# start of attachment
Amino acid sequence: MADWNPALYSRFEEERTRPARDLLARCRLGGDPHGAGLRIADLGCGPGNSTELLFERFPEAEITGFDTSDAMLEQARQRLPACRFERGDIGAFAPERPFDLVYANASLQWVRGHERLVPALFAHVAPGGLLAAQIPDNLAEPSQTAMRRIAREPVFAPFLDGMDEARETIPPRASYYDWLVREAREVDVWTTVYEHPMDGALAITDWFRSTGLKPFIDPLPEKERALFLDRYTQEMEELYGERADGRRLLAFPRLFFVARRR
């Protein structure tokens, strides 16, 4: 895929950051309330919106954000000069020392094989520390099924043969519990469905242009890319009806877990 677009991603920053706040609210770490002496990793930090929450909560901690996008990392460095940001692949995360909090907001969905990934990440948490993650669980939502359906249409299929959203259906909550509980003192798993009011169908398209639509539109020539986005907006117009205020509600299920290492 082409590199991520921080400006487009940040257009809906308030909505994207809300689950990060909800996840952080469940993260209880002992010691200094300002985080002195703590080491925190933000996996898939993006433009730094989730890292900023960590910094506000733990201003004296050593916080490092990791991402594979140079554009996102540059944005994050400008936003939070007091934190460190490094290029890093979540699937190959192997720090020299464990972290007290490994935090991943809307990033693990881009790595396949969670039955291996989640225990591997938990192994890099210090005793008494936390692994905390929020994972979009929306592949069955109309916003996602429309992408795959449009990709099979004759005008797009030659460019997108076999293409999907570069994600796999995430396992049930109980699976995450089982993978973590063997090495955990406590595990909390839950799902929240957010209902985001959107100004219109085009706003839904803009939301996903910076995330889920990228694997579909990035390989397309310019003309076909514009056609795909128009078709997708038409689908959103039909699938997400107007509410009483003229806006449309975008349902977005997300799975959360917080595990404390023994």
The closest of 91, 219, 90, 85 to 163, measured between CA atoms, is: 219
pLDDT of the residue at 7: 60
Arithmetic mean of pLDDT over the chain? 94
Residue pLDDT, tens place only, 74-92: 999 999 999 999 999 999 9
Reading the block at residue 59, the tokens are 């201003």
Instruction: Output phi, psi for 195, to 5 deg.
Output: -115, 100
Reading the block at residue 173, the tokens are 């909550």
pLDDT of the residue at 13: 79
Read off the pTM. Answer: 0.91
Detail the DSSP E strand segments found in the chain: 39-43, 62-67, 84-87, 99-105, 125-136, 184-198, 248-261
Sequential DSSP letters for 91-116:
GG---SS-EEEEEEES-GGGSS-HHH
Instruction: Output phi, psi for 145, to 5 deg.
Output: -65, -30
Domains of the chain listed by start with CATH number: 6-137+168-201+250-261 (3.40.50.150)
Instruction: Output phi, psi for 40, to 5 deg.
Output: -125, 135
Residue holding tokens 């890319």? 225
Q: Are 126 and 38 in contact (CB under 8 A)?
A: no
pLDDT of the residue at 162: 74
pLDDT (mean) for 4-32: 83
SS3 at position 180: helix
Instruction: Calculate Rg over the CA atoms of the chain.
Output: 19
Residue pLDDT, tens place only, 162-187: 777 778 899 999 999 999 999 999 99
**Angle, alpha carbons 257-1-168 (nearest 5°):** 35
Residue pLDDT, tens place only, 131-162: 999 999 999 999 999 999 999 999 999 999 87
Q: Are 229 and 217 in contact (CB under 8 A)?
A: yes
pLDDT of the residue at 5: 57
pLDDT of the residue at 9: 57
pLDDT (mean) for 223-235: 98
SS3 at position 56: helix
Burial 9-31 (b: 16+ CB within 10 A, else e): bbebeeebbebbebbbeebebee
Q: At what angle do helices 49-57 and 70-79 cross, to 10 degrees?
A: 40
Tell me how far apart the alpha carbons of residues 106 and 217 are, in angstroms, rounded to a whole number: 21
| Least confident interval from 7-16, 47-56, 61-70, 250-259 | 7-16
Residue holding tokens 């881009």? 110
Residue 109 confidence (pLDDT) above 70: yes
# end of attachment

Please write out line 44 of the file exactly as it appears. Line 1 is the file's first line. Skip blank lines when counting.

Residue 109 confidence (pLDDT) above 70: yes